The purpose of holding the valve open is to prevent trapping air in the chamber or passage beyond the valve. Any air behind the valve may escape freely, not only around the iim 46 but also through notches 49, the spaces between spokes 47, and the spaces between the ribs of shank 41, regardless of how tightly the shield may be bound by the rubber band. As seen in FIGURE 2, two of the shank ribs stand out from the opposite side faces of the end portion 42 so that these air escape passages cannot be closed by the shield.
When the sewing ring 15 has been completely sewed or sutured to the living tissue, the rubber band is unhooked from the forked end 42 of the retractor and unwound from around shield lip 30. Then the retractor is withdrawn by the rubber band, allowing the shield lip 39 to spring back to its original shape as shown in FIGURE 3. The lip will thus bear lightly against the body tissue, conforming to the shape of the latter and completely enclosing a space around all the cut and sewed tissue adjacent to the opening in which the valve is installed. Any blood clots forming in this area are confined behind the shield and cannot pass into the blood stream.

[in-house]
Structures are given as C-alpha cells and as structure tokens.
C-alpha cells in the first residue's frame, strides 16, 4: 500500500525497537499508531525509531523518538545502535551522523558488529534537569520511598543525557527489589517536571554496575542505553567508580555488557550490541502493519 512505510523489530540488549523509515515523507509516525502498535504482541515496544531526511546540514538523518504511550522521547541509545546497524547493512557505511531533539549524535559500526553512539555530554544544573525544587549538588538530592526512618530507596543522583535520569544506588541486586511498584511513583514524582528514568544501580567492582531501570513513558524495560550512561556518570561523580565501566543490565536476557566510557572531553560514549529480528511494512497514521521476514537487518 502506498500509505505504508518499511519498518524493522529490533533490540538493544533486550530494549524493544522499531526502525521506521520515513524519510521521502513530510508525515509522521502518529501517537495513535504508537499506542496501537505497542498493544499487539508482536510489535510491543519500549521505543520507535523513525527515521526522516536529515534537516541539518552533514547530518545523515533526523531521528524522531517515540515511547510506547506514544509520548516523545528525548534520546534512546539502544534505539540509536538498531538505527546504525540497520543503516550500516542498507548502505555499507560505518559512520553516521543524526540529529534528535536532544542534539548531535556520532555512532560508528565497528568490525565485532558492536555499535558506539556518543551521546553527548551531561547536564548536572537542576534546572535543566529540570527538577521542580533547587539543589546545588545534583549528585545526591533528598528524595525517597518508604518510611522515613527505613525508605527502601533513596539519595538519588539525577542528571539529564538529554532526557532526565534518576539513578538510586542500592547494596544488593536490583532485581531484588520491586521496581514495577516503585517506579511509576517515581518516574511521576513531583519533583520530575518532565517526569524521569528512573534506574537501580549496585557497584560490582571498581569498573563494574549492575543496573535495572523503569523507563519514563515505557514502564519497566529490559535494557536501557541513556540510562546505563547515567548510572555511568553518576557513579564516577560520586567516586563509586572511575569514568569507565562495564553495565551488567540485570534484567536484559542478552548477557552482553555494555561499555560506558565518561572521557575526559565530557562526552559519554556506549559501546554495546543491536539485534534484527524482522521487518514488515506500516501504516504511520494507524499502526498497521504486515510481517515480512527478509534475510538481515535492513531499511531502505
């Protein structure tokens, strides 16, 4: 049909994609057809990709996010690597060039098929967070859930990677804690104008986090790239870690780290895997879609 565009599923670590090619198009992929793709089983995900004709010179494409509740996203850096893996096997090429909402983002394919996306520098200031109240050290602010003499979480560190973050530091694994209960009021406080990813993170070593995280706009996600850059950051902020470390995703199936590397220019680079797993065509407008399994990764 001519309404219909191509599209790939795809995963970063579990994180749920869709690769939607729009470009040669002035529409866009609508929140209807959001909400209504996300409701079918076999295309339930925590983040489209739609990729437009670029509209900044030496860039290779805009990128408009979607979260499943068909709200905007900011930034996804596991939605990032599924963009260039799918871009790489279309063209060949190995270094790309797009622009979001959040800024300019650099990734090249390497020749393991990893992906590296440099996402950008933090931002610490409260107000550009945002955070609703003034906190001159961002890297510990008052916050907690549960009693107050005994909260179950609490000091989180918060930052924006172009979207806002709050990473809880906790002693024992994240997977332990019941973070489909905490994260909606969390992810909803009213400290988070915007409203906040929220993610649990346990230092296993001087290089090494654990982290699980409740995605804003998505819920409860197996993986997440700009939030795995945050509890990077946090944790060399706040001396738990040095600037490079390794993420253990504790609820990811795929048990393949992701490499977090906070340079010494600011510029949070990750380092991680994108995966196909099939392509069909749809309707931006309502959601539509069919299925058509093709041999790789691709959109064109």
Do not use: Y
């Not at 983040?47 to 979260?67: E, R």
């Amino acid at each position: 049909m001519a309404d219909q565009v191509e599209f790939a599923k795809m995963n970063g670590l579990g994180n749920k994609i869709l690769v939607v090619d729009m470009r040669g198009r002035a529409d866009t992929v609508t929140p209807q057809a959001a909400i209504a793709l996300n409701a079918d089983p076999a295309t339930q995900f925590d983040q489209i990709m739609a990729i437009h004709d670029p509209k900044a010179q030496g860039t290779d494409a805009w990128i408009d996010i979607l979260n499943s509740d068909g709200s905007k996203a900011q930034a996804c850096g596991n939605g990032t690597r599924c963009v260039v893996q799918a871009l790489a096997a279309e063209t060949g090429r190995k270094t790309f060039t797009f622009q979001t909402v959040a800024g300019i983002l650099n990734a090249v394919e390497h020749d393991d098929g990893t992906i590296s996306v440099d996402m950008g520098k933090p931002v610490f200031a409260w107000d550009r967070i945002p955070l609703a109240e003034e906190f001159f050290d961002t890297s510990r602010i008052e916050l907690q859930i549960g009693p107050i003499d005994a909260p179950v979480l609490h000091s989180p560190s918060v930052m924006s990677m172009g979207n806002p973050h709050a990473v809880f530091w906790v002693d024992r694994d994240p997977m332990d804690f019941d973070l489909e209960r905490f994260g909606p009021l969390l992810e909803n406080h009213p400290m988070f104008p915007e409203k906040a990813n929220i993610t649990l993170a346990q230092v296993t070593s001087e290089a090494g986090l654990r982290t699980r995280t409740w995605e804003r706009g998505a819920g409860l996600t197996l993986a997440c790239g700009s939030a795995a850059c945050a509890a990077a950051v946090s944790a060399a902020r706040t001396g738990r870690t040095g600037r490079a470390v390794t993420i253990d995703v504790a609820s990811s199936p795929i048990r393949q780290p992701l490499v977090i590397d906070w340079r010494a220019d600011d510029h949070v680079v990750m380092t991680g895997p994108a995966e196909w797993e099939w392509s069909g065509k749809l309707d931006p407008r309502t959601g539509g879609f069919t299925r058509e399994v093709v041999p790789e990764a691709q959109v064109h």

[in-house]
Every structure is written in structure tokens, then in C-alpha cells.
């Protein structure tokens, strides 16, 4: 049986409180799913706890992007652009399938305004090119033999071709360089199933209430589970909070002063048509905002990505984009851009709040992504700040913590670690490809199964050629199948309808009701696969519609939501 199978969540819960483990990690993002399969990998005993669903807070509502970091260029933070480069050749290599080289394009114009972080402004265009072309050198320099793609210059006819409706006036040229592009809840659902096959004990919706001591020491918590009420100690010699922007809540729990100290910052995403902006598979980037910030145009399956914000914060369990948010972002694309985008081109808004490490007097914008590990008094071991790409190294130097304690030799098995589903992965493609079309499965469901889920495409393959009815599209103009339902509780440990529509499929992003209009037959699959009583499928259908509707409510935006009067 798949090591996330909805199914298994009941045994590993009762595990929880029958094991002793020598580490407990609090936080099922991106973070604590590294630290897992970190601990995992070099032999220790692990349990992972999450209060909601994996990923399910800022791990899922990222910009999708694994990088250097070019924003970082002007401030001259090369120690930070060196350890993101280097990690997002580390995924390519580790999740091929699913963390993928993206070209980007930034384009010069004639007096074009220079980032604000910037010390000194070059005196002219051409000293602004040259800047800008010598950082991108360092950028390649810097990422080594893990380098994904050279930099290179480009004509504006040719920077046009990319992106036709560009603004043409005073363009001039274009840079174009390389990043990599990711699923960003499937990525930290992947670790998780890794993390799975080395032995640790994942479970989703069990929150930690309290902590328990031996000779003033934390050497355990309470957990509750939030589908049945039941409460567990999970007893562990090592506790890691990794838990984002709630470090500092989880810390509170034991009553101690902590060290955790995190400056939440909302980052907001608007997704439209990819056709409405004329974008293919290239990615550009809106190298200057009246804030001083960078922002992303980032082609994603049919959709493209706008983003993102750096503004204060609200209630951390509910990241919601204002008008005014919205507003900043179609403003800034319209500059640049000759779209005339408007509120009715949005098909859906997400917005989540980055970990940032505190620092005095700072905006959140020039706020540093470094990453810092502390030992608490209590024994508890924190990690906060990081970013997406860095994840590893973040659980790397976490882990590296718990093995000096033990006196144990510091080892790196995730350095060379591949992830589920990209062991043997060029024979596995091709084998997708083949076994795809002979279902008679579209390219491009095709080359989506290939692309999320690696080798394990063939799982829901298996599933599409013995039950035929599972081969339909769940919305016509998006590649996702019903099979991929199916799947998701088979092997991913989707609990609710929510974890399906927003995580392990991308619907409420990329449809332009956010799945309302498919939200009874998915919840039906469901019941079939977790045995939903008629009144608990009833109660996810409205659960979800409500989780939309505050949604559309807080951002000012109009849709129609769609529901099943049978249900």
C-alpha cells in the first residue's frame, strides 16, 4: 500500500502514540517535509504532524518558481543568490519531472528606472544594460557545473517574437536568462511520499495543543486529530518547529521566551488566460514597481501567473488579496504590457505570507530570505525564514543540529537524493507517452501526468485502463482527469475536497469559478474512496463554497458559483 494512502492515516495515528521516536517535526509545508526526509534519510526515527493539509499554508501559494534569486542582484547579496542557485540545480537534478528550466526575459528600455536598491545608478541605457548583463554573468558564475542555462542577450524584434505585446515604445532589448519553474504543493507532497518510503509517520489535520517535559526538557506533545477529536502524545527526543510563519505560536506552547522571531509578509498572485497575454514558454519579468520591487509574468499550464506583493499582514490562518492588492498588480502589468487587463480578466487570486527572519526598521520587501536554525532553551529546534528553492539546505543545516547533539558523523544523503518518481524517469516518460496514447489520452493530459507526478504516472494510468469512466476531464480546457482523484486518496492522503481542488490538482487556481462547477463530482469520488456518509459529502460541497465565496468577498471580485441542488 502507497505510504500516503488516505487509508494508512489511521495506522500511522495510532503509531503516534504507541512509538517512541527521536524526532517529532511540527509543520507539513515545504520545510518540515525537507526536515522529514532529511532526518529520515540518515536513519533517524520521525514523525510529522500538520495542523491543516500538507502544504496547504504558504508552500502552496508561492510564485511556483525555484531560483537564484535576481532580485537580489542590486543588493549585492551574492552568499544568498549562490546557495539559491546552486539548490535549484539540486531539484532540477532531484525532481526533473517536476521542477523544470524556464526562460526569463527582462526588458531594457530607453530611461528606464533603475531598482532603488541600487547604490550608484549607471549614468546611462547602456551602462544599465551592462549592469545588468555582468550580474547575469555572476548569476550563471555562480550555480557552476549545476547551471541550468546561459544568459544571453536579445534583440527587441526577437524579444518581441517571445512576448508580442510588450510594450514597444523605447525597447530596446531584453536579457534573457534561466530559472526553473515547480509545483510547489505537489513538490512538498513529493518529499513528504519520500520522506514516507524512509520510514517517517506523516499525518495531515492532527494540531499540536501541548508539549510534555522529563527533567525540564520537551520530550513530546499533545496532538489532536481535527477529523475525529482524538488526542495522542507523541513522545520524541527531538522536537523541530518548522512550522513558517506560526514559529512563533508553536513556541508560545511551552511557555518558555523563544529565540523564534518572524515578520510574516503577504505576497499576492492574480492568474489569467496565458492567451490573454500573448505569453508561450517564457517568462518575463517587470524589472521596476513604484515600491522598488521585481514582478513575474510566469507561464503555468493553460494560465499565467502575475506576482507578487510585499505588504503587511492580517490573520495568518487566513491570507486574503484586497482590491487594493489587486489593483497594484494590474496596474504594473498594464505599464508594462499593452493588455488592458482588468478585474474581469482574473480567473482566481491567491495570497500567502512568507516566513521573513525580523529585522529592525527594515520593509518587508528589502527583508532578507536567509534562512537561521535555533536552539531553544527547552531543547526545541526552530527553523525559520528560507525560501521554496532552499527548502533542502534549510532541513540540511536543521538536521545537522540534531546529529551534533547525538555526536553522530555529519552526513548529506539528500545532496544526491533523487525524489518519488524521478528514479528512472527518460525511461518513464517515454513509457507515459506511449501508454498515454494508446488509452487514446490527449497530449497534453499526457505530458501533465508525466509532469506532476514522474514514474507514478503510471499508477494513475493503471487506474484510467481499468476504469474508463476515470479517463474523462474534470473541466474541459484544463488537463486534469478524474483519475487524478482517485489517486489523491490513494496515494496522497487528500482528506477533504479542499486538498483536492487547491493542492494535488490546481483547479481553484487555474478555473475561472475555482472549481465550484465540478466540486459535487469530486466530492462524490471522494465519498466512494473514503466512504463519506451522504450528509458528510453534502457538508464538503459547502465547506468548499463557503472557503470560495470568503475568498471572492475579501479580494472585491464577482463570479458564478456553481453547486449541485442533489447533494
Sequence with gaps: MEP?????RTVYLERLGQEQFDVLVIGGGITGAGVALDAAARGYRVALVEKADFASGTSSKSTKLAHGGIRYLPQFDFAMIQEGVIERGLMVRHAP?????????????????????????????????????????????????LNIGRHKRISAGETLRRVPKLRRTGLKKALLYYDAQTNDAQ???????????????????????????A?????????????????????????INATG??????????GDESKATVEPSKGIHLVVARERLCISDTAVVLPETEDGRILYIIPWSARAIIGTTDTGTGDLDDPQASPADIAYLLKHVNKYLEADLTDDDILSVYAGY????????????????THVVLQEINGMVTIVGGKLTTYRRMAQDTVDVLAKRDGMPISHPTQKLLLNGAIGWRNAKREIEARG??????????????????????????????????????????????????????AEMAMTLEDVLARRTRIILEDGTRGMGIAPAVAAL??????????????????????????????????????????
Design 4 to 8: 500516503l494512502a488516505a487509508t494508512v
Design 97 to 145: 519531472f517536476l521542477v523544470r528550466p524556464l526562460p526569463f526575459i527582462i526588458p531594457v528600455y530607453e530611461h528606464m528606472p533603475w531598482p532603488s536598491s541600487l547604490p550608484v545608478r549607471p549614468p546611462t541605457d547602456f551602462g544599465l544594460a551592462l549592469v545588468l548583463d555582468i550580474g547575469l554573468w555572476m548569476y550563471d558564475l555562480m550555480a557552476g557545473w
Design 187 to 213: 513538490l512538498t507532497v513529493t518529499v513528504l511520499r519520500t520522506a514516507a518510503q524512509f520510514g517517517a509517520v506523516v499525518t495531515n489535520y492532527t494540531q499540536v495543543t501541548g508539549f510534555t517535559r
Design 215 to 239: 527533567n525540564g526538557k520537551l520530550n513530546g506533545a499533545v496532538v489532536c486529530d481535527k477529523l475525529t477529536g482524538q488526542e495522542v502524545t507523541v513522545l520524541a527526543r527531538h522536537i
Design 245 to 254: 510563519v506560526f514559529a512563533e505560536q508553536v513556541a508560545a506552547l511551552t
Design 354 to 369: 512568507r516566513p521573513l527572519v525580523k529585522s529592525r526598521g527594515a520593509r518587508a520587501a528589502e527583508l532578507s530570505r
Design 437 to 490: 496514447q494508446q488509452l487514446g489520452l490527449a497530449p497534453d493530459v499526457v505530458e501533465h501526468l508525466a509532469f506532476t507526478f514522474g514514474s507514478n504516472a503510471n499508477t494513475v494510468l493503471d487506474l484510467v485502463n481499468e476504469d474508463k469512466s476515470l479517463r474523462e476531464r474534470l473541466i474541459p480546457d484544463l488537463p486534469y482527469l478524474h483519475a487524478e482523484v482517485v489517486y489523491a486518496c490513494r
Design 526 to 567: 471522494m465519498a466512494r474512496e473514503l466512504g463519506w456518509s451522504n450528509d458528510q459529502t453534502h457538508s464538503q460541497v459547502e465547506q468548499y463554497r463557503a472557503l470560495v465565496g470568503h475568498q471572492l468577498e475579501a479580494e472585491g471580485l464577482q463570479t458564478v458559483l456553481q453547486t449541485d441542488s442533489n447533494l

It will be noted that the shield is disposed on the inlet side of the valve. The blood velocity is generally lower on this side than on the outlet side and clot formation is found to be prevalent on the inlet side. It has been found that clot formation does not present a problem on the outlet side and so no shield is provided on that side.
Having now described my invention and in What manner the same may be used, what I claim as new and desire to protect by Letters Patent is: